My Father In Reflection
03/07/1938 – 18/10/2018
The series is a journey of reflection and a final honour to laying the ghosts and demons that have been with me since l was five.
My Father loved cricket, he had loved the sport since childhood. When l lived at home with my family, growing up l was always told to be mindful of the Wisdens, which took a place of pride in his ‘mancave’ alongside all the other cricket books he owned. He once tried to encourage me to take up the sport, but truth is, it bored me horribly – that and his love of football. I preferred sports such as baseball and hockey, archery, long jump and high jump and track. Football and cricket and l , never saw eye to eye. These books with their yellow covers, containing facts and figures relating to the sport itself held no appeal.
However, they were worth a lot of money and they were in my Father’s own words more valueable than l was, and to me, that said it all. Nothing throughout his entire life meant more to him except his love of cricket. Cricket was his life, it meant more to him that his family, his wife, his friends and his work. It meant everything.
At times these ‘Wisdens’ and the acquiring of them meant that bills went unpaid in the house, or when my parents were just married, and my Sister had not yet been born, it also meant food wasn’t available for the table, nappies could not be bought. New clothing could not be afforded. If cricket was his life, then the Wisdens became his religion.
The Herald of Spring
24th May 2013
To me, the first sign that spring is approaching is coloured yellow. No, it is not the daffodil, though one can be excused for such thinking. It is the Wisden’s Cricketer’s Almanack, splendid in its yellow dust jacket.
This year is is the 150th anniversary of the first Wisden. the first edition was in 1864.
I suppose that it can be argued that the 150th anniversary is not until next year, and there is validity in that position. However the 2013 edition is the 150th year in which the book has been published.
So what is Wisden and what does it do? The Almanack is an annual publication and one which records all serious cricket played anywhere in the world in the previous twelve months. The 1864 edition had 112 pages while that of the 2013 edition runs to 1584. In 1864 the price was one shilling and today it is £50.00.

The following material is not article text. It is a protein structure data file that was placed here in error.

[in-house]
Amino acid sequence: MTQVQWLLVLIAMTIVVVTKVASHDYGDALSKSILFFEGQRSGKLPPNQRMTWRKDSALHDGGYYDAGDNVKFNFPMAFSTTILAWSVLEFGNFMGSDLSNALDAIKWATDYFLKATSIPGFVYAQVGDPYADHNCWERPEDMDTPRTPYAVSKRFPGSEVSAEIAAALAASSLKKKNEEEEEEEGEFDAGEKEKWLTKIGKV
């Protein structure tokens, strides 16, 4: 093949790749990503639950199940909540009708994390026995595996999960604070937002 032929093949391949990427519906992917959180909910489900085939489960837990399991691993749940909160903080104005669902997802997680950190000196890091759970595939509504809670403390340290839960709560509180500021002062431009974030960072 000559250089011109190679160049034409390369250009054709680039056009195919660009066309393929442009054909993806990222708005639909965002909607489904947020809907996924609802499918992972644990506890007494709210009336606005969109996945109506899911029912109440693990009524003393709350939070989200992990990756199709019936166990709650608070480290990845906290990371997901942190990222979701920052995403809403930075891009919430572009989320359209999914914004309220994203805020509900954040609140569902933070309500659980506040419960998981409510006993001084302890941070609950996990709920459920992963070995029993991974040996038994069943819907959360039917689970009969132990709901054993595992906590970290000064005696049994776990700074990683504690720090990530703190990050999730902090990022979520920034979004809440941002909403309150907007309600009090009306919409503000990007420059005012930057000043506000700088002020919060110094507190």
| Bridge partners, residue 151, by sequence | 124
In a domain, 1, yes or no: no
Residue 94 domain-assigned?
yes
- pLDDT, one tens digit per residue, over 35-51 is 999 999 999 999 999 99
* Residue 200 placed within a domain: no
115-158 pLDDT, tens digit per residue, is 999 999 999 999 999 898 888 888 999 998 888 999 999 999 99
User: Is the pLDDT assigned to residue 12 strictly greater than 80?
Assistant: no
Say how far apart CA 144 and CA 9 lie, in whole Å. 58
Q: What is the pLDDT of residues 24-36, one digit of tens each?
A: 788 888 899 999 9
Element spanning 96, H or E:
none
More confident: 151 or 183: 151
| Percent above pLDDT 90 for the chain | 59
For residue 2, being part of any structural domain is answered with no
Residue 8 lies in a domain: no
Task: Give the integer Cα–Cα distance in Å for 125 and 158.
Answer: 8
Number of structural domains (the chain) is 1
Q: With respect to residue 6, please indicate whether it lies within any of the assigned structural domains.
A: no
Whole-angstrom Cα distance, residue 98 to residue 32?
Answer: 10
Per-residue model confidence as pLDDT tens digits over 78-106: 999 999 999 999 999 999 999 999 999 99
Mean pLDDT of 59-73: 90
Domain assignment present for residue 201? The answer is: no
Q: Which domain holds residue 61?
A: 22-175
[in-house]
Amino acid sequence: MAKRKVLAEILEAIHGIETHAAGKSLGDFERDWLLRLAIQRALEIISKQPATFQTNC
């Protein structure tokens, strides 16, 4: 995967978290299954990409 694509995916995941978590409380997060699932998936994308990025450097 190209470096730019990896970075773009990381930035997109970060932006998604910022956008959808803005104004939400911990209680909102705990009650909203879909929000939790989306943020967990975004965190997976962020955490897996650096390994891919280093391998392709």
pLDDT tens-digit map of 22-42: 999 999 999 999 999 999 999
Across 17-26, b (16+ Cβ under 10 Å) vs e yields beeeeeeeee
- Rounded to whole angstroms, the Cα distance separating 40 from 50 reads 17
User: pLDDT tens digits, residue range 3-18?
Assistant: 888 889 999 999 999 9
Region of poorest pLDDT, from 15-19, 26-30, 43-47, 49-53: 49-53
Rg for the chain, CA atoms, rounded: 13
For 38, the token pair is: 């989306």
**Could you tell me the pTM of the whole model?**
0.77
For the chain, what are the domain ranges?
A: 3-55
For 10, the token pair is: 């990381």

John Wisden played cricket for Sussex in the years leading up to 1863 when he retired. He was a successful player in those pre Test Match days, taking, on one occasion, all ten wickets in an innings, for the North versus the South in 1850. In the near 170 years that the first class game has been played this has only happened on 80 occasions. He was also involved, in 1859, in taking the first team from England on an overseas tour, to the United States and Canada.
Wisden was born in 1826 in Brighton. On his retirement, Wisden set up a sports outfitters in London’s Leicester Square, selling football equipment as well as cricket items. Finding himself still needing funds to support his family, he instituted the Almanack to record the previous season’s games.
The first edition included non cricketing information as lighting up times, the rules of lawn bowls, the winners of the boat race and the horse racing classics, plus the quarters of the moon.
To my parent’s surprise, their first born son grew up loving cricket and played every Saturday during the season. The same first born was sacked from his second job for declining to do overtime on a Saturday on which he had been selected for a game, and more importantly, had given his word.
In 1953, after some 20 years, England beat Australia in an Ashes series and my Christmas present that year from my parents was a copy of John Arlott’s ‘Test Match Diary’. For my birthday the following year they gave me a 1954 Wisden, priced twelve shllings and sixpence. It was the start. I have bought every Wisden since and also began the search for all other copies, neither an easy or cheap process.
Eventually l managed to get my collection back to 1896 with original copies, many of them rebound from the old cloth covers. The most l ever paid for past copies was £225 for the rare 1942 and £175 for 1918. Because of the other distractions at the time, only 3000 copies were printed in 1942.
Wisden’s were able to see a market when it presented itself, and realised that many people were anxious to buy back copies of the book, more people, in fact than there were second hand copies available. They therefore about 20 years ago, offered facsimile copies of the first fifteen editions at £40 each.
In this way, l have been able to collect all the copies l was missing. This was a cheaper option as a full original set would have cost me in the region of £20,000, more if the provenance could be traced to someone famous, like the sainted John Arlott or Jonners.
John Wisden died from cancer in 1884 at the age of 57, but his name is known throughout the cricketing world. Not bad for a builder’s Son from Brighton.
Written by my Father B.M